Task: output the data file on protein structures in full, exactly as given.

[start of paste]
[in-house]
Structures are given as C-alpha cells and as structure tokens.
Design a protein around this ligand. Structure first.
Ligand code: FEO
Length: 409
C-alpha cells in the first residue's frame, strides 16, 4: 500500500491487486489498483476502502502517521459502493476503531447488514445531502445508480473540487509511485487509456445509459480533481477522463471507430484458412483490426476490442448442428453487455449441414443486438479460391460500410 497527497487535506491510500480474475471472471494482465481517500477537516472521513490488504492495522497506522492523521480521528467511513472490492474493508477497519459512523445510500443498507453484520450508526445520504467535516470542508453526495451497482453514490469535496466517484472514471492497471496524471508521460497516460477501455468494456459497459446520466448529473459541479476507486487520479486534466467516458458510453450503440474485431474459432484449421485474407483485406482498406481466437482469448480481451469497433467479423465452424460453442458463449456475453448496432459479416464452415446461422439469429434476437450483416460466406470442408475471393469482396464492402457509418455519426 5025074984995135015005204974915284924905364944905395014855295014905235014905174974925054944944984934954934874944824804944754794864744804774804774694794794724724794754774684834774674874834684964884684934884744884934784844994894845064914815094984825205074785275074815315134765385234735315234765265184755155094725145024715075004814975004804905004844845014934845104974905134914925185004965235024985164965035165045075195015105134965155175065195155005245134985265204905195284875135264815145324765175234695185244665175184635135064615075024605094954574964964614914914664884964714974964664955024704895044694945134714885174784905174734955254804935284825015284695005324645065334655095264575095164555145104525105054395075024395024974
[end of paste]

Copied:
[in-house]
Structures are given as C-alpha cells and as structure tokens.
Design a protein around this ligand. Structure first.
Ligand code: FEO
Length: 409
C-alpha cells in the first residue's frame, strides 16, 4: 500500500491487486489498483476502502502517521459502493476503531447488514445531502445508480473540487509511485487509456445509459480533481477522463471507430484458412483490426476490442448442428453487455449441414443486438479460391460500410 497527497487535506491510500480474475471472471494482465481517500477537516472521513490488504492495522497506522492523521480521528467511513472490492474493508477497519459512523445510500443498507453484520450508526445520504467535516470542508453526495451497482453514490469535496466517484472514471492497471496524471508521460497516460477501455468494456459497459446520466448529473459541479476507486487520479486534466467516458458510453450503440474485431474459432484449421485474407483485406482498406481466437482469448480481451469497433467479423465452424460453442458463449456475453448496432459479416464452415446461422439469429434476437450483416460466406470442408475471393469482396464492402457509418455519426 5025074984995135015005204974915284924905364944905395014855295014905235014905174974925054944944984934954934874944824804944754794864744804774804774694794794724724794754774684834774674874834684964884684934884744884934784844994894845064914815094984825205074785275074815315134765385234735315234765265184755155094725145024715075004814975004804905004844845014934845104974905134914925185004965235024985164965035165045075195015105134965155175065195155005245134985265204905195284875135264815145324765175234695185244665175184635135064615075024605094954574964964614914914664884964714974964664955024704895044694945134714885174784905174734955254804935284825015284695005324645065334655095264575095164555145104525105054395075024395024974